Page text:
<img height="1" width="1" style="display:none" src="https://www.facebook.com/tr?id=1639164799743833&amp;ev=PageView&amp;noscript=1">
Diagram Views

Exploring Inspiration with Visual Inventories

Dan Rose
#Design Advice, #Discovery
Published on June 13, 2014

Learn how Visual Inventories can help you determine the best approach for designing your website.

My house was built last summer, and in year one, my goal was to grow an acre’s worth of grass to establish my lawn. Sporadic as it may be, I’m content enough with it this year to move on to dressing up the front of the house with some landscaping. Problem is, I truly have no idea where to even start. My gut tells me, though, that before I haul off to Home Depot, I’ll need some inspiration.

It’s funny: before this endeavor, I don’t think I even noticed what other people chose to do, and now I can’t look at a house without assessing if I like the way it’s landscaped. And so, I take pictures, toss some things together on Pinterest, and cut out pages in magazines in the hopes of finding the right combination of plans. Even still, I have a hard time imagining if a huge lilac tree is going to work the same for me as it would someone else. I know what looks good to me subjectively, but I’m right back at square one since I have no way of being certain.

The same is often true for web design. There’s no shortage of sites to draw inspiration from, and we all can craft a list of what we like and don’t fairly easily. Sometimes, we’ll even rationalize that because Apple’s site looks great, let’s make ours just like it and bask in the same success. Fool proof, right?

Inspiration vs. Execution

I hope it’s self-evident that aspiring for your site to be the next apple.com is a slippery slope. Your site and Apple's site have different goals, audiences, design principles, assets, etc. and these aspects all go in to a one-of-a-kind execution that’s not only difficult to replicate but truthfully, isn't worth trying to.

What is helpful, however, is something that drew you to their site in the first place. Maybe it’s their iconic use of whitespace. Perhaps it’s the succinct copywriting. It could even be the grayscale color scheme that allows their photography to be so heroic. These are the inspirational bits worth focusing on, and we can help you implement these techniques in a way that works for you through a Visual Inventory.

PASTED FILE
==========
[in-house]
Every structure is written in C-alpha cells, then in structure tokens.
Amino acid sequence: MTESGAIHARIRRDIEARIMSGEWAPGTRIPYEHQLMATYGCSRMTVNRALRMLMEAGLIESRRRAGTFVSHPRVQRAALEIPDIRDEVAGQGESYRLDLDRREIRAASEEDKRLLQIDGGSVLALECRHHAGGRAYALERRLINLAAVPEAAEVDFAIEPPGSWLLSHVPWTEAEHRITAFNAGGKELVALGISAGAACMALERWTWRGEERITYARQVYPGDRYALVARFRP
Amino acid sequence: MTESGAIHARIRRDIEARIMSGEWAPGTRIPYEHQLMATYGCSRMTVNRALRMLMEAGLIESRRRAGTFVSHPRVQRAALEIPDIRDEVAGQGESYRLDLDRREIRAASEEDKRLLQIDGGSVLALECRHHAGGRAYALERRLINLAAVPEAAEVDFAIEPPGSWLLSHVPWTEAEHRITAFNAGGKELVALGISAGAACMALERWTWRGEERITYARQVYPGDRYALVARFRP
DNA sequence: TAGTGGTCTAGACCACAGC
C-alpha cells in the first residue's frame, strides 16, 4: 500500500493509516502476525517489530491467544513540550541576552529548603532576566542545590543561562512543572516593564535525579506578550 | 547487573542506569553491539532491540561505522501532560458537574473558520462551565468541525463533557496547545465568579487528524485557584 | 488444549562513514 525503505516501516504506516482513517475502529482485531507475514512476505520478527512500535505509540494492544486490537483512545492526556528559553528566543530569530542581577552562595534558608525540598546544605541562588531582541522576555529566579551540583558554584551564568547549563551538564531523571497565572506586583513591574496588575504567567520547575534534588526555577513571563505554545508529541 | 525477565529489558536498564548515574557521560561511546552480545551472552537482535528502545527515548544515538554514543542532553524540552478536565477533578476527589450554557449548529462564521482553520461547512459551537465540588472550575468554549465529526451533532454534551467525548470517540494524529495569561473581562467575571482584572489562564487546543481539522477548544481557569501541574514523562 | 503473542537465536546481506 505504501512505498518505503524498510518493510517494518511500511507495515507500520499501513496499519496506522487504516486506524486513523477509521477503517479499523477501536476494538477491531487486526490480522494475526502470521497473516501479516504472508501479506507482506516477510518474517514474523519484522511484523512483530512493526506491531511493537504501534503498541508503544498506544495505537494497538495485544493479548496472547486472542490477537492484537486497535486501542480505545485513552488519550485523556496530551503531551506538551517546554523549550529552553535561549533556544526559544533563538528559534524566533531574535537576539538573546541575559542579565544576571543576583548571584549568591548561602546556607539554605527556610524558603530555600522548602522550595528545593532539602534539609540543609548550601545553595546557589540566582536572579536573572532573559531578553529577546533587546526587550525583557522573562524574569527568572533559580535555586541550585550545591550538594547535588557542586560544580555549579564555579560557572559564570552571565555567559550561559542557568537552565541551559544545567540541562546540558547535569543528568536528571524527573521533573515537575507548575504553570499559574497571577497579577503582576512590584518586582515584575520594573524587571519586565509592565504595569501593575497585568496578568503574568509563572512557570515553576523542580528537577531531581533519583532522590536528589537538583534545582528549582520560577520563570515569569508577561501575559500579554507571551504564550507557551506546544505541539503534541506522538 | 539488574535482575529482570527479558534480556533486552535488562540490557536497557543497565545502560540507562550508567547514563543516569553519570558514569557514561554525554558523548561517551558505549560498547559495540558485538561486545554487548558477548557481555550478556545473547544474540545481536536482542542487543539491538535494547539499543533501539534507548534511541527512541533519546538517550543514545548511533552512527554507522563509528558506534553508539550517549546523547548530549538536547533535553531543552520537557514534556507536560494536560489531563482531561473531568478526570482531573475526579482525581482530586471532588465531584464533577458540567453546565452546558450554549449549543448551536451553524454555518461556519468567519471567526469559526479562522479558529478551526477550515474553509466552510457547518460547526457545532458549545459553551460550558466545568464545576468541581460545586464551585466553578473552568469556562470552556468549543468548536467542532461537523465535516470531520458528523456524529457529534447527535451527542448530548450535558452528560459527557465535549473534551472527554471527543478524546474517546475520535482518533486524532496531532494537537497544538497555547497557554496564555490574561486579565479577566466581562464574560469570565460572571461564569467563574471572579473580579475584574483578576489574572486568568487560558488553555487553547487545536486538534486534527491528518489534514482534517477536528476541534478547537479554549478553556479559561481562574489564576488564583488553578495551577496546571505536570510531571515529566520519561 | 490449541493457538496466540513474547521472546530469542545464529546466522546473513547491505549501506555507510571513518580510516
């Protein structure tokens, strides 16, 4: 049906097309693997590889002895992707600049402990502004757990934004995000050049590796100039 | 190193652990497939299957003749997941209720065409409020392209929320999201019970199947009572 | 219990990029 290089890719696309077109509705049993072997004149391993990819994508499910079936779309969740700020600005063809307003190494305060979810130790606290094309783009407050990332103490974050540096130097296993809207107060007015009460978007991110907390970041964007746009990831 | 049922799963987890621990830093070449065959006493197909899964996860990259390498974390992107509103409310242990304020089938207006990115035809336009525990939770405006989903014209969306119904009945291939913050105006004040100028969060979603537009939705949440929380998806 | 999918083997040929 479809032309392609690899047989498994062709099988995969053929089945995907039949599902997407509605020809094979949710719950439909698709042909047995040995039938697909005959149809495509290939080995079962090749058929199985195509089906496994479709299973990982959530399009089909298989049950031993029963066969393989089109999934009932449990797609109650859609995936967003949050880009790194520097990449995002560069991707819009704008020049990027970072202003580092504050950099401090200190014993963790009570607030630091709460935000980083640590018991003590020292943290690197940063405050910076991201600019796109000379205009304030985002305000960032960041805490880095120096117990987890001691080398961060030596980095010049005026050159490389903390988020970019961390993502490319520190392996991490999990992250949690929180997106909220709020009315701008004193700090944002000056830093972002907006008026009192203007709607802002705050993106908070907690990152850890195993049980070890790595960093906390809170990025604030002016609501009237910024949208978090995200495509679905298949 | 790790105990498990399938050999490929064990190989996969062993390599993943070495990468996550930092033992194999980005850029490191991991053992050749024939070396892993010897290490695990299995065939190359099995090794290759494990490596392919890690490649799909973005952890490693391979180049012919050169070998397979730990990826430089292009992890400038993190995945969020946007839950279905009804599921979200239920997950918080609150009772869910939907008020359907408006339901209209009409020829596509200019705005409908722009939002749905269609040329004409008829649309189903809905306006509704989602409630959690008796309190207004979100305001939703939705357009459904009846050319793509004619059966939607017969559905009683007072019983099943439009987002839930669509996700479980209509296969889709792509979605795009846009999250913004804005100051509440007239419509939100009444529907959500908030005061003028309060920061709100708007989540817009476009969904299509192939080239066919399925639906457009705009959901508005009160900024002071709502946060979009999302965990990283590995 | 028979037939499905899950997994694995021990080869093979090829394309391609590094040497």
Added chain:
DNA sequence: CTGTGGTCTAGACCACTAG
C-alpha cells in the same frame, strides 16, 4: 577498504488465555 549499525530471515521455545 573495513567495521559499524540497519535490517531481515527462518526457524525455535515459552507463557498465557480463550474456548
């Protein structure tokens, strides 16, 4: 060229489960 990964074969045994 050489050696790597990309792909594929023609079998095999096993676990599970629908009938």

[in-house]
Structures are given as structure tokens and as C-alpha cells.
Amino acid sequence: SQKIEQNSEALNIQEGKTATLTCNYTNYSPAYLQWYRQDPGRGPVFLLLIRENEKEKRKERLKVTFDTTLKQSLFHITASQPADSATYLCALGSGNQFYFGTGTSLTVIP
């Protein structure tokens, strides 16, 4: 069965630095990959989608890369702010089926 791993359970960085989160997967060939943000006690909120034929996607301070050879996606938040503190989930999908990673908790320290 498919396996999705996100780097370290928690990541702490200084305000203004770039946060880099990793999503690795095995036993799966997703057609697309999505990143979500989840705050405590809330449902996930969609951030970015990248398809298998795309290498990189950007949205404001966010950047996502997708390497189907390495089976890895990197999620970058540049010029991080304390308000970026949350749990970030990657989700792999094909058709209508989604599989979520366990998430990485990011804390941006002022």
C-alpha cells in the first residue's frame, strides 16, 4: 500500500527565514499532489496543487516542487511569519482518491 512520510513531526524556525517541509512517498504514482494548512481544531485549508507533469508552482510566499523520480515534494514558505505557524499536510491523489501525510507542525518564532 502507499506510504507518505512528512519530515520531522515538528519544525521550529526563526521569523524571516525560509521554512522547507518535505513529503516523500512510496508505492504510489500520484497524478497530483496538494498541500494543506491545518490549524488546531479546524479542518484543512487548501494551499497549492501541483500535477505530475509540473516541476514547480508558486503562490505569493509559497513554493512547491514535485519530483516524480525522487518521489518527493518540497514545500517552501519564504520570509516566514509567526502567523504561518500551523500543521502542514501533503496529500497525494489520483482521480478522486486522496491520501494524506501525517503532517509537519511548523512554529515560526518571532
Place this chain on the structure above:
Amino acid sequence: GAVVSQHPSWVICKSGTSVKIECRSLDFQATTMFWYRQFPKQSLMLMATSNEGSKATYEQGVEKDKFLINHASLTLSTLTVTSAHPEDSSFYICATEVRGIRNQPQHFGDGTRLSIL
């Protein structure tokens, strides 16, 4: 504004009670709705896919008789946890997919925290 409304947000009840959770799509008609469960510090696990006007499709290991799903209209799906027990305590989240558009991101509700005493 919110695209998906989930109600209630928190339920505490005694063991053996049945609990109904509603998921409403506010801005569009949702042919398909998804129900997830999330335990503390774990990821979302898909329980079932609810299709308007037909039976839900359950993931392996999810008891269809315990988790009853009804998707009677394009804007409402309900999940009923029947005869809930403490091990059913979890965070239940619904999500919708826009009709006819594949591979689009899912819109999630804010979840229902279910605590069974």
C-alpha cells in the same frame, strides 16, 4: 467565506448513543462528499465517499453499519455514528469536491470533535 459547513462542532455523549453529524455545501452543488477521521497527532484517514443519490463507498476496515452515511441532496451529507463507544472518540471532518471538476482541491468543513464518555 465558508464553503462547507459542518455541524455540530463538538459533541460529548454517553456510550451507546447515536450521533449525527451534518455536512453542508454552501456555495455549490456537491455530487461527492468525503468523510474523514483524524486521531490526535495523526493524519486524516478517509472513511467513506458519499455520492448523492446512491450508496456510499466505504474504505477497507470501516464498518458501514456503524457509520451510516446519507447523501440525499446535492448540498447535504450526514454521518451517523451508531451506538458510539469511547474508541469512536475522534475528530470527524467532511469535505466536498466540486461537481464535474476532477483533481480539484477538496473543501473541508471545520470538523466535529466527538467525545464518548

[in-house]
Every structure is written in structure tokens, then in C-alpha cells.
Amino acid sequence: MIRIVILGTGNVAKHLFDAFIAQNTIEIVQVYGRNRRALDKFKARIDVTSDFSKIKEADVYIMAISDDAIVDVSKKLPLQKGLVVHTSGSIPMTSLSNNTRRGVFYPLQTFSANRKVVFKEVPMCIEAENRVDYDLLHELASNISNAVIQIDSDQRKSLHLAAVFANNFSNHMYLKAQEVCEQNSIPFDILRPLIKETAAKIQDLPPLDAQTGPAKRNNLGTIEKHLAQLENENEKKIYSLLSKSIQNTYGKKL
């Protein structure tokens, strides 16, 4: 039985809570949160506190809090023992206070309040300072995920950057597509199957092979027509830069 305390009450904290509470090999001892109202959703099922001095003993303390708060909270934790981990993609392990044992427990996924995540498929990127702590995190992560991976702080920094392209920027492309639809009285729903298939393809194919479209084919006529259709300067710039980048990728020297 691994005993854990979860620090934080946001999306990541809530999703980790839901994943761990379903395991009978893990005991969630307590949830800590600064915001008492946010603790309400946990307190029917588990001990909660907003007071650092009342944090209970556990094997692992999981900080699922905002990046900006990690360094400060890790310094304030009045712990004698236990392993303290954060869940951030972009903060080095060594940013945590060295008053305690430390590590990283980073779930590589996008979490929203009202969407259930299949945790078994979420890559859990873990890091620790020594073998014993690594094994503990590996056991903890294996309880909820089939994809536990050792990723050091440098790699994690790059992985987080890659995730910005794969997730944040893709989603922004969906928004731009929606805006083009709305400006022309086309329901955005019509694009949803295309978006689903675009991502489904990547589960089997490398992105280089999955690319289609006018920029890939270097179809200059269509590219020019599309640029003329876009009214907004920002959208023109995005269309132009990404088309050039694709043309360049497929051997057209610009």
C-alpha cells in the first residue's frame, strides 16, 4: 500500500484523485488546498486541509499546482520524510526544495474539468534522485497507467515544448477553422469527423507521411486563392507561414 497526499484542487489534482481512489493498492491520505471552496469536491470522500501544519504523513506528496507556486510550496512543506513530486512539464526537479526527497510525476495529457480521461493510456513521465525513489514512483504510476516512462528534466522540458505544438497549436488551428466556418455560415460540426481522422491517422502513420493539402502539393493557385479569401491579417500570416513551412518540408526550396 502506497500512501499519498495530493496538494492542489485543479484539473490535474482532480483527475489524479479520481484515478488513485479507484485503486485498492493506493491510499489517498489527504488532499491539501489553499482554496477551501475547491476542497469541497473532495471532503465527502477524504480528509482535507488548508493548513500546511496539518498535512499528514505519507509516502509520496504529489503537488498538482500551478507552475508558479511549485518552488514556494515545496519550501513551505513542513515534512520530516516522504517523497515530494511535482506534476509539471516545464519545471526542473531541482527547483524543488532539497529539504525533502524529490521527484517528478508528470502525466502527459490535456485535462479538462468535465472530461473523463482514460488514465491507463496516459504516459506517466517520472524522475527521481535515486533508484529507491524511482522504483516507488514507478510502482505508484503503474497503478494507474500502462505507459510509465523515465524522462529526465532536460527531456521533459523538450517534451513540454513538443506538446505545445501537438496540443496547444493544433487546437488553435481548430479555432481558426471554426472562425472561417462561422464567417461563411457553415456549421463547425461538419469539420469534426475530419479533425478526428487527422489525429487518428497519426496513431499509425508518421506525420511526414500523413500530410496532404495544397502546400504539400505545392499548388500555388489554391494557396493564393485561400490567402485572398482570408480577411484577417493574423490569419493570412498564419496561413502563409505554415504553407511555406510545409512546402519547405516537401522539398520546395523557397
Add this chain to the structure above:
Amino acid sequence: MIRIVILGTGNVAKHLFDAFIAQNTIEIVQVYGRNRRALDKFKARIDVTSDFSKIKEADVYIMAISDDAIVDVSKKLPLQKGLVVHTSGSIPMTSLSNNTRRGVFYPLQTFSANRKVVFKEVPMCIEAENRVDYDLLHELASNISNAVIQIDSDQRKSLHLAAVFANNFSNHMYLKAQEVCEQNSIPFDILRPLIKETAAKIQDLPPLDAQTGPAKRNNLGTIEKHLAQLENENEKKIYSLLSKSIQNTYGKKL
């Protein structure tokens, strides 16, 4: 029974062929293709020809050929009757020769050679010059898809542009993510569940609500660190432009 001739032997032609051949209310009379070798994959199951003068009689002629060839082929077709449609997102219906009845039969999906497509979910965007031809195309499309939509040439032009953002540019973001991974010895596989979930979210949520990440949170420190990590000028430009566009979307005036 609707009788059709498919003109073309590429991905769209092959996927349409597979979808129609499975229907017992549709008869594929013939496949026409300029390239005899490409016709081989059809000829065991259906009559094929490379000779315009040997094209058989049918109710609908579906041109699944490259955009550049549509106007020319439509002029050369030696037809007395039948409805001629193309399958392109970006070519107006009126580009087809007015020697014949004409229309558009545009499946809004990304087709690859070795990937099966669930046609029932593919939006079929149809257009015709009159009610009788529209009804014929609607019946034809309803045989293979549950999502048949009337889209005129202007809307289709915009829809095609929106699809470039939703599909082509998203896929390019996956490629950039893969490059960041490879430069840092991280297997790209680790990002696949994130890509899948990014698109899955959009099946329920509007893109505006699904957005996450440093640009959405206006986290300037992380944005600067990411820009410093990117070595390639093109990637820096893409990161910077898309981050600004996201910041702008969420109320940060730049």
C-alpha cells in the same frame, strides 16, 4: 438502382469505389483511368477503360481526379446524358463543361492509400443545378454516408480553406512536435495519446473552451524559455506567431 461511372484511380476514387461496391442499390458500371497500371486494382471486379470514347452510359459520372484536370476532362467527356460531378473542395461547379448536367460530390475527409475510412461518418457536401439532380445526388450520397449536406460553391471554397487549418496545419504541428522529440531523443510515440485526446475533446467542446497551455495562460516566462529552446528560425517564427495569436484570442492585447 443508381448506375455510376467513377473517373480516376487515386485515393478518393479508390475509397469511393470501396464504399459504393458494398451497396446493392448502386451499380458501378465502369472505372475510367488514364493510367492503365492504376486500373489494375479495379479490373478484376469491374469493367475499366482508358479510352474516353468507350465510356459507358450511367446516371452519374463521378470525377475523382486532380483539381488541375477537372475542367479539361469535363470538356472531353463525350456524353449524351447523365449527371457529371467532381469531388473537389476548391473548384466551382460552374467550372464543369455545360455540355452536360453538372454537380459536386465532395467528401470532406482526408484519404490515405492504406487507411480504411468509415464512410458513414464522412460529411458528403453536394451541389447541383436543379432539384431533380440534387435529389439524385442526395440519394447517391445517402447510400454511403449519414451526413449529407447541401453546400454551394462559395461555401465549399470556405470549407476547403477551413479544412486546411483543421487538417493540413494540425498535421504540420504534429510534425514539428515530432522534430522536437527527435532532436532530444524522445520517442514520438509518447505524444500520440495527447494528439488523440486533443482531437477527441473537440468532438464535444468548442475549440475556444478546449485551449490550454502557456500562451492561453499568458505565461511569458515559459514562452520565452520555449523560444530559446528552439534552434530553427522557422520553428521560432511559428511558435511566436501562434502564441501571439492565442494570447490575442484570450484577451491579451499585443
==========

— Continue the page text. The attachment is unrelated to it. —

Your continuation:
Defining the Realm of Possibility

A Visual Inventory (thanks, Dan Mall) is a document showcasing elements such as concept, story, typography, color scheme, and more. Within each element, we break down a few different approaches and show a great example of it already happening on the Web. For example, there are a few different ways to approach color: a bright palette wide in range, monochromatic, or even primarily grayscale. Our goal is to have a discussion around each approach, assessing if it’s a direction worth exploring.

CCM Visual Inventory

A screen from a recent Visual Inventory: one example of how a story can take form on the Web.

The benefits of this discussion are primarily three-fold. For the designer, it gives insight as to what is within the realm of possibility when exploring style. We focus on the most appropriate paths for the brand. In a recent discussion, it came to light that handwritten typography wouldn’t align well with a certain brand because of the more stoic, established tone they desired. When we all agreed that was the case, we could confidently refocus typographic efforts in other directions. For the client, the exercise provides the requisite guidance to organize their ideas and inspiration. For both parties, Visual Inventories are helpful in terms of establishing a shared vocabulary of what collective approaches are valuable and can hopefully impact the project.

“Just Show Me What It Will Look Like”

The above comment is one from an antiquated process, where designers first show up on the scene with a variety of Photoshop comps of a proposed homepage. There’s much more value in a collaborative discussion about ideation than presenting a smattering of uninformed “solutions” for a client to subjectively choose from. The Visual Inventory is a powerful and refreshing tool to kickstart design conversations, and for us, is quickly becoming indispensable. There’s no magic happening behind the curtain. Clients are invited to be an active participant in the design process, and this is just one of the ways we encourage collaboration.

Do you have any questions about how you can use a Visual Inventory in your site design process? Do you want to know more about our process of collaborative design? Please feel free to leave a comment below, or contact us to speak with a design expert.